This I Believe

Jessica - Sacramento, California
Entered on February 9, 2007

I loved my parents. I always responded back with “I love you too”. I ate Eggo waffles every morning before school. We always had the giant 64 pack in the freezer. Homemade dinners were prepared for me. My mom always told us to eat our vegetables. Christmas time meant decorating our tree and listening to Christmas music. We were reminded that giving is better than receiving. Baseball season was a time to prove my support as an older sister from the stands. I could get a tan and do my homework at the same time. I was yanked out of bed on Sundays and driven to church. The service always left me in a better mood.

But now, things are different. I wish I could wake up on Sundays and attend church with my family. I miss cheering on my brothers at their baseball games. Christmas season rolls around, but I don’t feel the joy. Dinner, if I’m lucky, consists of fast food, but usually, I’m limited to what’s served on campus. I don’t have access to a toaster, so in the mornings I’m stuck with cereal, that is, if I have milk. Ultimately, I no longer have my parents who provided me with all this. I have always loved my parents, but being an independent college student has made me appreciate them even more. I didn’t realize how much I cherished certain things in my life until I couldn’t have them anymore. I believe that absence makes the heart grow fonder.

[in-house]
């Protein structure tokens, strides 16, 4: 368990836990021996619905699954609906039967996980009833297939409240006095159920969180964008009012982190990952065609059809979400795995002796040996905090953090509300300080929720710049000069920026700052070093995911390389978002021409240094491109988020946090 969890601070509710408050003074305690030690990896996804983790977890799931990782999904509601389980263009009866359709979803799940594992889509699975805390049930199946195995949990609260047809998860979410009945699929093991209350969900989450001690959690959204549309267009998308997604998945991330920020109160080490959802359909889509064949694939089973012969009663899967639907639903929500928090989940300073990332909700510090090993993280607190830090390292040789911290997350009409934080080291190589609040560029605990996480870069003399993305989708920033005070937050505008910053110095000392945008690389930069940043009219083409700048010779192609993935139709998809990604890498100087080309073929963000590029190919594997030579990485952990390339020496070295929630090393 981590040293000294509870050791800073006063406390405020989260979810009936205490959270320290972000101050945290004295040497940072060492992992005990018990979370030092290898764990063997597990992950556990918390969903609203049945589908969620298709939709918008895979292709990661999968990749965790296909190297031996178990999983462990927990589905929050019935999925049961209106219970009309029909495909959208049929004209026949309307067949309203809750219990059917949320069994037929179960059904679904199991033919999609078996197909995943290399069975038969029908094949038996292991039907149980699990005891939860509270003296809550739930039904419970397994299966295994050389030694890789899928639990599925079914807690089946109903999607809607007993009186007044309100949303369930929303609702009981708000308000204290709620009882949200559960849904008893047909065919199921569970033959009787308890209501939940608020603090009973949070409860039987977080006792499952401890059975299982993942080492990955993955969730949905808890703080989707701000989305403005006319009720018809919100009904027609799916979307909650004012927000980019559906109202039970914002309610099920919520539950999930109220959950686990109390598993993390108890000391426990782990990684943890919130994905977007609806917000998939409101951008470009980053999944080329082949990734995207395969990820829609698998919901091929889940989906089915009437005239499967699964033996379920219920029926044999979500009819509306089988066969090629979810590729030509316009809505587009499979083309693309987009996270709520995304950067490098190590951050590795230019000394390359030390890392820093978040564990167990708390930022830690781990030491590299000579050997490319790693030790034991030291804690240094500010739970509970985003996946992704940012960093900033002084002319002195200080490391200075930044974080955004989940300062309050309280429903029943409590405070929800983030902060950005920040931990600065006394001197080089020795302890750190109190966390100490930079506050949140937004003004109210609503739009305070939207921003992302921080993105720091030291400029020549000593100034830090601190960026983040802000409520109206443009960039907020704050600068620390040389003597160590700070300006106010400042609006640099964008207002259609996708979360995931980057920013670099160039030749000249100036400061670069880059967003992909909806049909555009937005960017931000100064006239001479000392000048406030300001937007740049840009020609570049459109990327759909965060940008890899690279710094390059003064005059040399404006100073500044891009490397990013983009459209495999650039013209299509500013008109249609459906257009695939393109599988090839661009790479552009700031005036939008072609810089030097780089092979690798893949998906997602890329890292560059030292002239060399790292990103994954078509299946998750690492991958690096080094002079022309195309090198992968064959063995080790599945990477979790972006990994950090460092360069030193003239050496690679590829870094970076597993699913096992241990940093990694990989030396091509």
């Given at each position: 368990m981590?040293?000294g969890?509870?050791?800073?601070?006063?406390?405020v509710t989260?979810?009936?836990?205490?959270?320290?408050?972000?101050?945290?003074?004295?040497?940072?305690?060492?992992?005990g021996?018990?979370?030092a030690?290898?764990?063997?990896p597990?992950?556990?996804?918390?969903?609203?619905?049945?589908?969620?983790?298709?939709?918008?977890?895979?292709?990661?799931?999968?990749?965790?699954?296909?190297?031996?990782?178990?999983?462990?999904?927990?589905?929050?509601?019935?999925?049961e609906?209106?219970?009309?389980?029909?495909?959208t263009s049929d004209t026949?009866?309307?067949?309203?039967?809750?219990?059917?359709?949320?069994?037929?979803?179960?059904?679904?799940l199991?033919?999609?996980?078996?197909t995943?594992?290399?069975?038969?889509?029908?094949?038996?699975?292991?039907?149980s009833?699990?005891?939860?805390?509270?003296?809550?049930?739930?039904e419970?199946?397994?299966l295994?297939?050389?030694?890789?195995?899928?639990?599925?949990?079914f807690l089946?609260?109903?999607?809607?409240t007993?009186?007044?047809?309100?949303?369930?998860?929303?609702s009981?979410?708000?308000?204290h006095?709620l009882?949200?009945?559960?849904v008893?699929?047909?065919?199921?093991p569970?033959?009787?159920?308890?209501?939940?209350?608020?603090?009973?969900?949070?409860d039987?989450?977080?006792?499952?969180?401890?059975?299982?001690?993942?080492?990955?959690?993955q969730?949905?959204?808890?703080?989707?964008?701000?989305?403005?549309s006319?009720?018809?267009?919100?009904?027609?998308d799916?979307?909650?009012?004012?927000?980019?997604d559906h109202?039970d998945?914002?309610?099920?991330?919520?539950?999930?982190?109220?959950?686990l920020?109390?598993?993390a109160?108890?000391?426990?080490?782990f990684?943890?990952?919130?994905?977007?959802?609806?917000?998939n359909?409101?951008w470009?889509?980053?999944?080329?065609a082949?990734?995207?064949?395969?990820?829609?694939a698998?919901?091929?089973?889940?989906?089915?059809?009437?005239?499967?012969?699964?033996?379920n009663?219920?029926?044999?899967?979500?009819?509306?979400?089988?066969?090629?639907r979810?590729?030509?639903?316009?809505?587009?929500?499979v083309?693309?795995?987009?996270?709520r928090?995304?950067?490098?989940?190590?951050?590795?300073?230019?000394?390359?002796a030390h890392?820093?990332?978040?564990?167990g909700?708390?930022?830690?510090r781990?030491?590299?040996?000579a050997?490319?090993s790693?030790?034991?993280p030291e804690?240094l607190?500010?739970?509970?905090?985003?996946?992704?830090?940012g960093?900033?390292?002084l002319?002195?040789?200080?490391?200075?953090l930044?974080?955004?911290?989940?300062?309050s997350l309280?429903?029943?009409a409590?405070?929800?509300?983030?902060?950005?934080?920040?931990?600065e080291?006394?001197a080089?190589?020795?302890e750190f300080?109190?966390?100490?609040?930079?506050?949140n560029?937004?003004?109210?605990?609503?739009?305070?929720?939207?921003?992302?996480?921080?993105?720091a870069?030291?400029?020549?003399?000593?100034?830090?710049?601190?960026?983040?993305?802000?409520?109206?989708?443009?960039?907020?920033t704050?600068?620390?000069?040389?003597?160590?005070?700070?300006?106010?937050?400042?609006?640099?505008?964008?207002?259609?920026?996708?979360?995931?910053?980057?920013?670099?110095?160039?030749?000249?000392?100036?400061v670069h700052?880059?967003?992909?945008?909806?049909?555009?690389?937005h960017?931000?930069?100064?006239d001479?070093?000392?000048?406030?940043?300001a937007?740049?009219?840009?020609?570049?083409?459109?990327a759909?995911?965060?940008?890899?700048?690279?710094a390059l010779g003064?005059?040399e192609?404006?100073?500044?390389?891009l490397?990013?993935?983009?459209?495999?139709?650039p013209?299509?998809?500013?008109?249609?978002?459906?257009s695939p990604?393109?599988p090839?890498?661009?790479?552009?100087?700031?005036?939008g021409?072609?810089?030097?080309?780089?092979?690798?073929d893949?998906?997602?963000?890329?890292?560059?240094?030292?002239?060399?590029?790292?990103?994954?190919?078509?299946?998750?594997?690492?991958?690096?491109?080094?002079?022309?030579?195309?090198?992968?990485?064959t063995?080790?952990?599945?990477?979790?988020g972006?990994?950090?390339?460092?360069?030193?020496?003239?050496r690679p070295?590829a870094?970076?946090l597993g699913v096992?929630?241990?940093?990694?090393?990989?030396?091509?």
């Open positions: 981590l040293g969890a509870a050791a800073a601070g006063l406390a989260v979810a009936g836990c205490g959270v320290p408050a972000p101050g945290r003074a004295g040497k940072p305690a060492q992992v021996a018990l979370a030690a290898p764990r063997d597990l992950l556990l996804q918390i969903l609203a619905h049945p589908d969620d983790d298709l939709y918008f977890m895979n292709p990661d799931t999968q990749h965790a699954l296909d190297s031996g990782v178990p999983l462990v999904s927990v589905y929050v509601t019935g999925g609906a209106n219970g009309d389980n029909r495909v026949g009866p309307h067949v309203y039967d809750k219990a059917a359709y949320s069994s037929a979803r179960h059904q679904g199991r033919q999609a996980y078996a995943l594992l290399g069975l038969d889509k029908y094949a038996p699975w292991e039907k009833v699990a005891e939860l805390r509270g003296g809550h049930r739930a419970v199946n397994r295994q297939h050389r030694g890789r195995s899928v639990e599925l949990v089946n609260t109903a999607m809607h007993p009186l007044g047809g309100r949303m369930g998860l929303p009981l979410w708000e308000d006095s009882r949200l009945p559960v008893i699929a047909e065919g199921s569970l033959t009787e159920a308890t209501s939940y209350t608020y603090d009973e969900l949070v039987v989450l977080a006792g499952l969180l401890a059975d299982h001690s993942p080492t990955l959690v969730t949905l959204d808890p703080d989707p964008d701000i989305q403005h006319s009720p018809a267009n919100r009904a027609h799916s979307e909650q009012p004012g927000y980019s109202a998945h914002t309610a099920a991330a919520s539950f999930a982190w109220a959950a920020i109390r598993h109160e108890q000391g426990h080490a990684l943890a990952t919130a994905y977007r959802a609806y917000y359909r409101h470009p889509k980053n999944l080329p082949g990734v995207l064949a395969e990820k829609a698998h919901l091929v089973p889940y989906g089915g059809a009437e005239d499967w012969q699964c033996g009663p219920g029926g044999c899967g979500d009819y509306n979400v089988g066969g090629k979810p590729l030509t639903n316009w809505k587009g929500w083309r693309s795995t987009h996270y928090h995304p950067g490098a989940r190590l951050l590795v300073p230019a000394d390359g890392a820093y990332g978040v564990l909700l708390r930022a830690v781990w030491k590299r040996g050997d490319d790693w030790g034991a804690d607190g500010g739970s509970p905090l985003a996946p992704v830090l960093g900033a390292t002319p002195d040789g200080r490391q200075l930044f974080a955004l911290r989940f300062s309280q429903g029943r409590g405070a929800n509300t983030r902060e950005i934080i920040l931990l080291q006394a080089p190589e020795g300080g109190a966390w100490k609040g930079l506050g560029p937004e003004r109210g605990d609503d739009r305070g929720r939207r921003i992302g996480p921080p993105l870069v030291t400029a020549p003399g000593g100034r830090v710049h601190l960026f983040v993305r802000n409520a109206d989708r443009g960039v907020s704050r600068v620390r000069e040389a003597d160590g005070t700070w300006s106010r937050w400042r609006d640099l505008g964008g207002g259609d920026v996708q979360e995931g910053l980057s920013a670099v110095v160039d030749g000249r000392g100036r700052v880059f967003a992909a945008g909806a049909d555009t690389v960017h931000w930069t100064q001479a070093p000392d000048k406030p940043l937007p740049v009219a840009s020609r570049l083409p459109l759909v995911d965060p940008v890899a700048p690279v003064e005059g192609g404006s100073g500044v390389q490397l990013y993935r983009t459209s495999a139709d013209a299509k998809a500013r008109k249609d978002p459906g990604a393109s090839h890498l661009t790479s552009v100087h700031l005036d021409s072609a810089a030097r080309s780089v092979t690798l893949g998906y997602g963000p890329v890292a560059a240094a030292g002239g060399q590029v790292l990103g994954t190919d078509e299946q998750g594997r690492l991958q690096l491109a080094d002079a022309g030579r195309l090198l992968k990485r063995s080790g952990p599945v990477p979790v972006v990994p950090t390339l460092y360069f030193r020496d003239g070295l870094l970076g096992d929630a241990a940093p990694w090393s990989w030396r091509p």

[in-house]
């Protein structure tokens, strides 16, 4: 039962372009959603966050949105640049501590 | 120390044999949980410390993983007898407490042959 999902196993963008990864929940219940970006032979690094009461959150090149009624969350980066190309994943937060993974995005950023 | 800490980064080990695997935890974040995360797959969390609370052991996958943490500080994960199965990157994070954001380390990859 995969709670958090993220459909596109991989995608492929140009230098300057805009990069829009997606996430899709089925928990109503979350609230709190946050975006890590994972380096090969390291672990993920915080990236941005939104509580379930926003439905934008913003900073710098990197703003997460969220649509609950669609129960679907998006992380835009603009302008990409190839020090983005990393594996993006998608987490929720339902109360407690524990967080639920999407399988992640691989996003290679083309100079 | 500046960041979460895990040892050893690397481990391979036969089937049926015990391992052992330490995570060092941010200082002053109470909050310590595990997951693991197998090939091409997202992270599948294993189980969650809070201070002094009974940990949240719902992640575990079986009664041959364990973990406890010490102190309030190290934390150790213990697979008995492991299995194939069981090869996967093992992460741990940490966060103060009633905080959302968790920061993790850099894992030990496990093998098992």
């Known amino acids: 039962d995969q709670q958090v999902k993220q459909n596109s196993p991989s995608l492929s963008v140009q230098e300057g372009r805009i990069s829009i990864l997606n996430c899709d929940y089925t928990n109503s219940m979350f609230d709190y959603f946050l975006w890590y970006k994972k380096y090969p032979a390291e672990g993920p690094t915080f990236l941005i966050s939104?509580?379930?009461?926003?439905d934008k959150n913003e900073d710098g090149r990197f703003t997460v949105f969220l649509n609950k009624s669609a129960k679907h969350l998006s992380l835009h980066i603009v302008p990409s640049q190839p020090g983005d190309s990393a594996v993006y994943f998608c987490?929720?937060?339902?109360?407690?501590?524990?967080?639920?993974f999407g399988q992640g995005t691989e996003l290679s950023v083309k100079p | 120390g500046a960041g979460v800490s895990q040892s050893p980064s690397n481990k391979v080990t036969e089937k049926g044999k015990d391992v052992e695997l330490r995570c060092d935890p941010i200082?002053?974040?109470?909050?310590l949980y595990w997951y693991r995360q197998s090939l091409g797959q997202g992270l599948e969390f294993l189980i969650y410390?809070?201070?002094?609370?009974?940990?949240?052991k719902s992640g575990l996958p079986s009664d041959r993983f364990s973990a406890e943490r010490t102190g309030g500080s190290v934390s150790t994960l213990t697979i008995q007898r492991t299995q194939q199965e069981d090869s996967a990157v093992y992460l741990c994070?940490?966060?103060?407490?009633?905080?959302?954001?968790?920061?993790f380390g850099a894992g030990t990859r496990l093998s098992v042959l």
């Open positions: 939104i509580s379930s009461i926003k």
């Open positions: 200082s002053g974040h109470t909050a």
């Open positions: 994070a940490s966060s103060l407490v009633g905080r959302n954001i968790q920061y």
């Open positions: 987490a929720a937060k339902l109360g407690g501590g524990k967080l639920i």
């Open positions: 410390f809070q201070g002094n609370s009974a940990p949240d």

Moving away from my parents and my home also signaled the time of moving apart from my best friend. In August, he packed his bags for military school on the east coast, while I stayed in sunny California to attend a public university. Most people will tell you that long distance relationships eventually fade away, and I would be lying to say that I never became fearful of falling into this presumed belief. Life was tough. The first six weeks I thrived on letters. No phone, no Internet. One piece of stationary paper had never held so much meaning. The little things that before had gone unnoticed were now greatly missed: driving into the school parking lot in the morning, seeing each other, and smiling, sitting at the same bench together during lunch, sharing an occasional Oreo, opening my front door to a dirty, sweaty football player in need of a glass of chocolate milk, playing catch or watching Sportscenter on Saturdays, one of the two. How spoiled I was to have him in my everyday life.

After leaving for college, it didn’t take long for me to recognize all the things I had taken for granted. It’s not easy living without my Eggos, my brothers, my Sunday morning church services, and my best friend. But you know what? It’s taught me to love them even more. Absence makes the heart grow fonder. This I believe.